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Segregation in the context of the United States refers to practices and policies of racial separation, whereby White and non-White populations were separated in public places, schools, neighborhoods, and employment. Desegregation refers to the movement to abolish segregation. Segregation, the American version of apartheid, preceded the American Civil War (1861–1865) but became enshrined in law in the Southern states after the war. Proponents of segregation alleged that Black people were biologically and intellectually inferior to Caucasians and that this inferiority was inborn and immutable. In this belief system, separation of the races was deemed necessary to preserve public order and prevent the races from attacking each other and tearing society apart.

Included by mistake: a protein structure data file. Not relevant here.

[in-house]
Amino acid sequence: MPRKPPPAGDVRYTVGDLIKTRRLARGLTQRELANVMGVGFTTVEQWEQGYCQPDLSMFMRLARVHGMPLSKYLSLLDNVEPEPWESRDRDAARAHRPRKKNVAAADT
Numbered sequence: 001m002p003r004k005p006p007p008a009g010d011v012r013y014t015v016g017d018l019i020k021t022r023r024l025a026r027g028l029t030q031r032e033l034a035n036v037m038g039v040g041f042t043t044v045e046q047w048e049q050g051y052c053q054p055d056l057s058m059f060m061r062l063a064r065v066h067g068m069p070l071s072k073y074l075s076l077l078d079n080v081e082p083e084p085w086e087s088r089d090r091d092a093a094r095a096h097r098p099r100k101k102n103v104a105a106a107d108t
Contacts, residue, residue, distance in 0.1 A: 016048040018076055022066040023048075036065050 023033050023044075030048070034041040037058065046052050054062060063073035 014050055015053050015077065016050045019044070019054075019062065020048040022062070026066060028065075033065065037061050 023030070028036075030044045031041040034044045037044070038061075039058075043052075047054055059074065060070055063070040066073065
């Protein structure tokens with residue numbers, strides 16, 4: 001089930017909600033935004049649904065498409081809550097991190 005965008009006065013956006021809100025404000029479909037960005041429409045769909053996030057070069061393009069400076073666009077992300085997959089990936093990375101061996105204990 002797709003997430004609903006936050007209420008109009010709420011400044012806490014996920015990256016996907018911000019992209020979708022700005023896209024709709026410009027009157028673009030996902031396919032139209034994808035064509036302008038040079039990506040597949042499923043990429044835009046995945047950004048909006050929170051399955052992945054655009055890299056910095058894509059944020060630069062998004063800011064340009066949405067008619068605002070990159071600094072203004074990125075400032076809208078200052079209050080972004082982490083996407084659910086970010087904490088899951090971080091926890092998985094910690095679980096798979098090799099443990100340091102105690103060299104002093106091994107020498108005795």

It was alleged that races possessed an inborn instinct for mutual repugnance and aggression. ...

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